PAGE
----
And as for the argument of sentience, its been discovered recently in many different studies that plants are more sentient than originally thought, that they communicate with each other, respond to fear and stress, and have kin recognition.

That's the harsh reality of life- that in order to nourish one body, some life, whether animal, bird, fish, or plant, had to be cut short.

A lion killing a gazelle for food- is it immoral? Not anymore than it is for a rabbit to rip up a batch of wild mallow and chomp it down.

Each species has its own type of food that their body needs to function properly. Some people are able to be healthy on a vegan diet, but many people try out vegan diets and their health suffers as a result. I do believe that there are some people that are able to go on a vegan diet healthily, provided they supplement with vitamins B12 and make sure to not eat too much soy and take care to make grains as digestible as possible, etc...
However, some people, even if their health suffers because of their vegan diet, won't eat animal products because of moral reasons. Attempting to go against what your body needs in an effort to be a "good person" is not morality, it's foolishness. Its immoral to hurt yourself. And if you don't care about yourself, and would rather save an animal's life than your own, that's one thing, but if you have kids or a spouse, is it moral to put an animal's life ahead of your own, so that your family will end up suffering when your health suffers as a result? And when its not just yourself that is cutting out meat, but your children eats only vegan because of your moral beliefs, its even more problematic. Is it moral to put an animal's life ahead of the health of your child? I obviously think not.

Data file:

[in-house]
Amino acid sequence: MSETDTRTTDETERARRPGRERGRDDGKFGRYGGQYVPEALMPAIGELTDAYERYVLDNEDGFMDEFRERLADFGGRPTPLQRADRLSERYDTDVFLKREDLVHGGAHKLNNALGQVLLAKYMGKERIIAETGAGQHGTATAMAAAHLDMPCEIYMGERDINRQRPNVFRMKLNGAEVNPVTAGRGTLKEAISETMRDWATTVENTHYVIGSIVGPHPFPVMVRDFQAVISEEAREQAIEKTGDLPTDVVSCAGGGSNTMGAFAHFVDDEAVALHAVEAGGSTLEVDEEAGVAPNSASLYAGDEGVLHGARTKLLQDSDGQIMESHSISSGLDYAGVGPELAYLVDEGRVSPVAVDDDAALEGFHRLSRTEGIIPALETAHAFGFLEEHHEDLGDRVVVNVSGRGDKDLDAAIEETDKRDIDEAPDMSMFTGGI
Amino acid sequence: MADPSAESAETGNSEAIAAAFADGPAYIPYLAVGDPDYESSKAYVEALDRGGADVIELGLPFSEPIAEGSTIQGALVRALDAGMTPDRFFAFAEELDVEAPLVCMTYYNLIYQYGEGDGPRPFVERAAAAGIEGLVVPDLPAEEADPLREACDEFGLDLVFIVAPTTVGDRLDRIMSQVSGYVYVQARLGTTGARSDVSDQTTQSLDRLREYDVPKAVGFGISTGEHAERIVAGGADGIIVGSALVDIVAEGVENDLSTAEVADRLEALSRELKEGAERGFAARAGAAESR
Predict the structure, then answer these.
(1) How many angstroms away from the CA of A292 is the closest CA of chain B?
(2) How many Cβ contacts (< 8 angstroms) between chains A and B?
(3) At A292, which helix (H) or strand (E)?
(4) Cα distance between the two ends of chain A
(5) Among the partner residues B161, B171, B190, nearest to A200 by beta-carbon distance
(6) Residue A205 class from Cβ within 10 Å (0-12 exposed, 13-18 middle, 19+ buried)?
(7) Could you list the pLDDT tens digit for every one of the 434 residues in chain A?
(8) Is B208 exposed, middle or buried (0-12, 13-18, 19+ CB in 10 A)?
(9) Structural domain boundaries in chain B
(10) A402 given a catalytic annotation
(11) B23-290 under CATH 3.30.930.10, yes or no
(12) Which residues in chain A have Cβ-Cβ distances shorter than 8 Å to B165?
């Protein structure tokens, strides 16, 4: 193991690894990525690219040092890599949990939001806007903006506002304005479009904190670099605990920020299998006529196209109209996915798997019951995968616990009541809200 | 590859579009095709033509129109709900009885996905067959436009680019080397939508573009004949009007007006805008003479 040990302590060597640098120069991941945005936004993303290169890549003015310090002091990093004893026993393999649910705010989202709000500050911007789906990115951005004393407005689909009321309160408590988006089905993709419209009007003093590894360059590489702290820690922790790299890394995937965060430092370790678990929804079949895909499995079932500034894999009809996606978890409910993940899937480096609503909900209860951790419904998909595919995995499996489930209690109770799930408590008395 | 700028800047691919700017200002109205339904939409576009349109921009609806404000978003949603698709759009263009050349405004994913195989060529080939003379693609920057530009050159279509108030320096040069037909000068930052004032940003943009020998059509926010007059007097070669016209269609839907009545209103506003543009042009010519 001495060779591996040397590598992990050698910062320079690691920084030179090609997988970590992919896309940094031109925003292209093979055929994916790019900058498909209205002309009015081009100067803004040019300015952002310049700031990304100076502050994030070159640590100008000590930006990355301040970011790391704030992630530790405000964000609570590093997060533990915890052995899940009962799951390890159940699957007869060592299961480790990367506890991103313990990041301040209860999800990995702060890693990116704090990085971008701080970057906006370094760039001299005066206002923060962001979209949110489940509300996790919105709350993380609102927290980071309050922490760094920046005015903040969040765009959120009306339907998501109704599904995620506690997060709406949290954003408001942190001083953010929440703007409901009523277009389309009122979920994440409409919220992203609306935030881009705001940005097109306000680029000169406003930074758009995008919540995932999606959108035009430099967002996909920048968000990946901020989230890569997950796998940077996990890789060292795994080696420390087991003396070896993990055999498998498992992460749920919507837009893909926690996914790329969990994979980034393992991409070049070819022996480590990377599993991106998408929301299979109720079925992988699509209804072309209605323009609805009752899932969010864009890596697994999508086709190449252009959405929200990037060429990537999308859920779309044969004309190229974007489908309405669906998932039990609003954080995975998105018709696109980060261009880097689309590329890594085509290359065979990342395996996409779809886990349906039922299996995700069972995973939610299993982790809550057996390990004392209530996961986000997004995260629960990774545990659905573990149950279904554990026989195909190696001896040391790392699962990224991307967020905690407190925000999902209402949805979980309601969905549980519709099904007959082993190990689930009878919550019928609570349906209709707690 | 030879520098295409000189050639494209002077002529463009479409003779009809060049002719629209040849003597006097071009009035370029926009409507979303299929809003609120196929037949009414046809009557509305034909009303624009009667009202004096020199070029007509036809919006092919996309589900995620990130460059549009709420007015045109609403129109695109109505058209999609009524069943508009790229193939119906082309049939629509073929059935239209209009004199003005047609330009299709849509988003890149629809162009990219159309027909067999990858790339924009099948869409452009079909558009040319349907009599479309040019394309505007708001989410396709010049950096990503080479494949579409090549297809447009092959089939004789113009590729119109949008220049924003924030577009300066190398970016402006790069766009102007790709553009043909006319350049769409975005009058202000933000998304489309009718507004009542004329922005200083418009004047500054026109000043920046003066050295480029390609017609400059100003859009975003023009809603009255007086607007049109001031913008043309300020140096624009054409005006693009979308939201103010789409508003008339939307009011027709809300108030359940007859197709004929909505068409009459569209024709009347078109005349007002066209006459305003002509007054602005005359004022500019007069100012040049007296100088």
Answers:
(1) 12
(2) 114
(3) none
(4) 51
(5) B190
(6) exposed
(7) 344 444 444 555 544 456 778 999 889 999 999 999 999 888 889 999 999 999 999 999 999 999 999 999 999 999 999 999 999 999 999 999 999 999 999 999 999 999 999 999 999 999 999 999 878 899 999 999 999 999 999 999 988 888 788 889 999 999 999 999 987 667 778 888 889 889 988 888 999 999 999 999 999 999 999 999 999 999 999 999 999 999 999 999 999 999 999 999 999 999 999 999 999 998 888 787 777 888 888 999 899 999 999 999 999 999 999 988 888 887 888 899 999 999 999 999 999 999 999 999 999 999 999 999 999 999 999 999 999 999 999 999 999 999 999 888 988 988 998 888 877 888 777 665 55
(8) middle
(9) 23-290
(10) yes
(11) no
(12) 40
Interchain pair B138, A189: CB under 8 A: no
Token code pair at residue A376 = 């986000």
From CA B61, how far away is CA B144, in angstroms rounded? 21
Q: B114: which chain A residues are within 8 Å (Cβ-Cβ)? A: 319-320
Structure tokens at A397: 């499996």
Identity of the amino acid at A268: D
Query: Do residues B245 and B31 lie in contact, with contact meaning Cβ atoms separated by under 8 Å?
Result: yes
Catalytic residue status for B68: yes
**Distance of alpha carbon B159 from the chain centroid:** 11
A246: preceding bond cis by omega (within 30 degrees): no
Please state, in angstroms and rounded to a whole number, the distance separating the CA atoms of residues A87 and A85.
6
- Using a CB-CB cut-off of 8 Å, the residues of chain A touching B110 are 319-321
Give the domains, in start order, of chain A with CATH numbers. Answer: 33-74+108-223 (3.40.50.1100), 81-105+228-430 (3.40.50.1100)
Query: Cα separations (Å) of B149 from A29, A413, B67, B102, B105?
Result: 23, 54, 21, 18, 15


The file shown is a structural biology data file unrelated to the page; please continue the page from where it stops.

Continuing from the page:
Now, don't worry, its not that I think morality isn't a factor in eating animals. I certainly do! I'll get to that in a little bit.



But first- what do our bodies say? What types of foods are we built to eat?

Looking at the mouth of an animal tells you what type of foods they should eat. Carnivorous animals like lions have teeth that are all sharp and pointy, meant to rip flesh from bones. Herbivores like horses have incisors for biting off grasses, etc... and then a long row of molars, meant to chew up all the plant material.
Our teeth are not like either the cat- the carnivore (meat eater)- or the horse- the herbivore (the strict vegan).

No, our teeth are most similar to the chimpanzee's teeth- see the picture and compare for yourself, or similarly, the grizzly bear's teeth, both of whom are omnivores- they eat a diet that is largely of plant matter, but 2-10% of their diet is animal products. If we listened to our body and ate what our teeth tell us that our bodies are meant to eat, we'd do the same- eating mostly vegetable products with some meat here and there.

That's how my diet is- probably 3/4 of the meals I eat are vegan, and the rest are animal flesh together with plant matter.